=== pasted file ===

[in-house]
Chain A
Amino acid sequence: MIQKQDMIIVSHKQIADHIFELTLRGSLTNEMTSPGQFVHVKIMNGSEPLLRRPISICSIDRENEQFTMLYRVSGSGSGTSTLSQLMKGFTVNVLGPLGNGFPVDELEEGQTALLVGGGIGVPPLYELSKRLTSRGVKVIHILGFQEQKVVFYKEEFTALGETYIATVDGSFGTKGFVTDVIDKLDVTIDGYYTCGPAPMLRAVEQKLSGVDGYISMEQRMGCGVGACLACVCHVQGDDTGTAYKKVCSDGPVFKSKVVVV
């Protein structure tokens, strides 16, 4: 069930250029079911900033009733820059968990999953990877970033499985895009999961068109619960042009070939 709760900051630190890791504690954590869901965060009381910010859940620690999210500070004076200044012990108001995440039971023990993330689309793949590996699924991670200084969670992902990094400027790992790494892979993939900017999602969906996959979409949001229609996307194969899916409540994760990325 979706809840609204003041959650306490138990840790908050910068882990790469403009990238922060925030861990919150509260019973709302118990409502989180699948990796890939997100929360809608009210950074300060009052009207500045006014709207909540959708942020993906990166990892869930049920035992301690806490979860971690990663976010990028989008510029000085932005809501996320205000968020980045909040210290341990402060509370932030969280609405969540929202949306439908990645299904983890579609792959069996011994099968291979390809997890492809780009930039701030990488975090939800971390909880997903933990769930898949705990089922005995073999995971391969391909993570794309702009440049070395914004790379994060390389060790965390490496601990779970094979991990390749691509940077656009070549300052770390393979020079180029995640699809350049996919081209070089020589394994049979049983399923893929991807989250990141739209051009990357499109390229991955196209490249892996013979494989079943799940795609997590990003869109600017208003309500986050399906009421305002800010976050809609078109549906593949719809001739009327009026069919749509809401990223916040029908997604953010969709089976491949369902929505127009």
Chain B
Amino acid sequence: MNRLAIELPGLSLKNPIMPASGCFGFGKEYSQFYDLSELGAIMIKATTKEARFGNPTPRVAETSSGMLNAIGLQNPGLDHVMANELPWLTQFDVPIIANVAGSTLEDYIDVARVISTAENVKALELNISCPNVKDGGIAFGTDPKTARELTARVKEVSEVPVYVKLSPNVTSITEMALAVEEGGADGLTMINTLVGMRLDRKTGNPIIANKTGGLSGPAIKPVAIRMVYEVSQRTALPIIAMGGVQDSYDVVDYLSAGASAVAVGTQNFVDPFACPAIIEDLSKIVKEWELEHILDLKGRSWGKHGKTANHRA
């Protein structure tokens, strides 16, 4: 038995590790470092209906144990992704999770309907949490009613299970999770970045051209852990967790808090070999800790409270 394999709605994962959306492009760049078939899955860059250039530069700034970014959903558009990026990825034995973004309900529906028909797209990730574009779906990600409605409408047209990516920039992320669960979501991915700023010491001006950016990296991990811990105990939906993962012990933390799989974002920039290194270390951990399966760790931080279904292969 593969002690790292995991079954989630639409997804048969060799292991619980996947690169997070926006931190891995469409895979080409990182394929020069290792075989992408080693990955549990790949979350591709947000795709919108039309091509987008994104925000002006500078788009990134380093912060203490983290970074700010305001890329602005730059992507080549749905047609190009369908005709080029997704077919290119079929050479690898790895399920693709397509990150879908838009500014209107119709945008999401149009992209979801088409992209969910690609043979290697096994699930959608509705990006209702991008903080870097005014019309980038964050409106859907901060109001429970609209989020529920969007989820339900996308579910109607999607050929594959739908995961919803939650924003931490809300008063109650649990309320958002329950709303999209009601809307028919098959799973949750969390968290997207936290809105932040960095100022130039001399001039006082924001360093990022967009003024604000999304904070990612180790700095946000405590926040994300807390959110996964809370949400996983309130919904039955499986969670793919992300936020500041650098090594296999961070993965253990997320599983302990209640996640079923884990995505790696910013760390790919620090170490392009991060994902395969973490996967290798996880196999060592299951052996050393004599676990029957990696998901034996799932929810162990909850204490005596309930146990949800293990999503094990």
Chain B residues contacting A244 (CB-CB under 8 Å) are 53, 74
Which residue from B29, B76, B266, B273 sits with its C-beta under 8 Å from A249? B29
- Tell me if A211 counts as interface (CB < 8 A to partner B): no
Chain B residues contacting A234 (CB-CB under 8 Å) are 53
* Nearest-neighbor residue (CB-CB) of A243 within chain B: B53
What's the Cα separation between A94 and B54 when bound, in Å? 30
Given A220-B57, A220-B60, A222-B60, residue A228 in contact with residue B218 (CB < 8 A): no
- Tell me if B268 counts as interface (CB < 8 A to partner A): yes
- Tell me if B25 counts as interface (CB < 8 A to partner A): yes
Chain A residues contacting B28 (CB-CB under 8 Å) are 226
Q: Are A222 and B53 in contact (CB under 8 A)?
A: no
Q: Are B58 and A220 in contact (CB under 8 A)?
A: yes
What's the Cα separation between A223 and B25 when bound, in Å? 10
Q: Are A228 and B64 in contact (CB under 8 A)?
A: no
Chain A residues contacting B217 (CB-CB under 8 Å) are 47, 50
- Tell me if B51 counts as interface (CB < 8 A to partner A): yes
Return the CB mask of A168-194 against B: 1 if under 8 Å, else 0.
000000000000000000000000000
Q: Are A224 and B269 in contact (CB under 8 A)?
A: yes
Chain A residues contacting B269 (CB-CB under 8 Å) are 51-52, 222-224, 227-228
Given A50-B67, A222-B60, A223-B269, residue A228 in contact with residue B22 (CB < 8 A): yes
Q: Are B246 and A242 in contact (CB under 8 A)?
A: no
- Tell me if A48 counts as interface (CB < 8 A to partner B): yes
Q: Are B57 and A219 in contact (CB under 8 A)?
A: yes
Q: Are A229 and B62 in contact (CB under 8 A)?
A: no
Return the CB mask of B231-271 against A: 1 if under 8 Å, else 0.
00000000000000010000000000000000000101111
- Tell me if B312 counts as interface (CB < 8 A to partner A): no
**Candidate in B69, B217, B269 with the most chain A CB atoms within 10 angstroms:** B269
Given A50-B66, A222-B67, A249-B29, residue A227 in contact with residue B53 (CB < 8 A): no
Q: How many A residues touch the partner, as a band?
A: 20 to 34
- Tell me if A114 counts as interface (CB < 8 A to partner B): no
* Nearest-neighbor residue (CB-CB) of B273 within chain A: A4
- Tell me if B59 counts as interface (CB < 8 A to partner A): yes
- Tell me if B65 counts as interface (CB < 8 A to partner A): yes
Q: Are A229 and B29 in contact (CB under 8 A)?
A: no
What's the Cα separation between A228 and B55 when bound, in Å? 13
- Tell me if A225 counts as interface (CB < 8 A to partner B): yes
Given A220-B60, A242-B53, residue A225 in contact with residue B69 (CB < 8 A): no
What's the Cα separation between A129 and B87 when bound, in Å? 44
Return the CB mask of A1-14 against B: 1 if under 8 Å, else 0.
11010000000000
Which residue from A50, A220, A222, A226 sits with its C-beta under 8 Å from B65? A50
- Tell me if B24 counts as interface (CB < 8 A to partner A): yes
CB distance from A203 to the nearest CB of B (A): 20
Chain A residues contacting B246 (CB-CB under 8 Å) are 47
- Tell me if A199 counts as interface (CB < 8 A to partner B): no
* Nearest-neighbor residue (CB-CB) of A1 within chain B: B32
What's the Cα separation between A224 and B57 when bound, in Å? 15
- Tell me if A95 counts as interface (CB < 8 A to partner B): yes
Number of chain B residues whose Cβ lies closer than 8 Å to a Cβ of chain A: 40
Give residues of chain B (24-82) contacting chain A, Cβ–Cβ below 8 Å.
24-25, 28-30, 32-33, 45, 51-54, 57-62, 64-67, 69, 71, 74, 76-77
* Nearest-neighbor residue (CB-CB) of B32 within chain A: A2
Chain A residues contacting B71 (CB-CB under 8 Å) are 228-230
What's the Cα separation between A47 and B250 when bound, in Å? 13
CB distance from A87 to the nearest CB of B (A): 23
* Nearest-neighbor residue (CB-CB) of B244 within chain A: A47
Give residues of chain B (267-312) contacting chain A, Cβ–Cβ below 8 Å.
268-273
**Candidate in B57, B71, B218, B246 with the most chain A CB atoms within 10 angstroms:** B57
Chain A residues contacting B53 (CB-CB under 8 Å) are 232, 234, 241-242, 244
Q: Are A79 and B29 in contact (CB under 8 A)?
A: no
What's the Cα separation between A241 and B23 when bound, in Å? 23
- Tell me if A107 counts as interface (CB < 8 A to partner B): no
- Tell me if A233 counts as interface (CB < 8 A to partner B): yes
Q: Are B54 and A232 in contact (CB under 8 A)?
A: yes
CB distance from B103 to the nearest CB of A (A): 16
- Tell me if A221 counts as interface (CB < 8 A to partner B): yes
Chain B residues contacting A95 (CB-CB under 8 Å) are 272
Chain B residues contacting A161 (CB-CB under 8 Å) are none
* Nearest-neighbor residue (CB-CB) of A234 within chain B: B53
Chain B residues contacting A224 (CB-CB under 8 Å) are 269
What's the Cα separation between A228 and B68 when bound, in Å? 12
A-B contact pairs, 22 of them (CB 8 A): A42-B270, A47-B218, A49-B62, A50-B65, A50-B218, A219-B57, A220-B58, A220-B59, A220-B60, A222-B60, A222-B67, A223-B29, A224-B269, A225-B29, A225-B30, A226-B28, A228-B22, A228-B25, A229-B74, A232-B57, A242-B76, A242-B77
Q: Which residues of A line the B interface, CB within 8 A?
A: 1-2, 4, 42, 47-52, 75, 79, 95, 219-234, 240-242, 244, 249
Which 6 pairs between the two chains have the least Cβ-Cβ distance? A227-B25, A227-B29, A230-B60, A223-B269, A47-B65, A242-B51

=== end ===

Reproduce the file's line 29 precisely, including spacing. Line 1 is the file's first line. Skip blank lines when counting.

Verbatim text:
Q: Are A224 and B269 in contact (CB under 8 A)?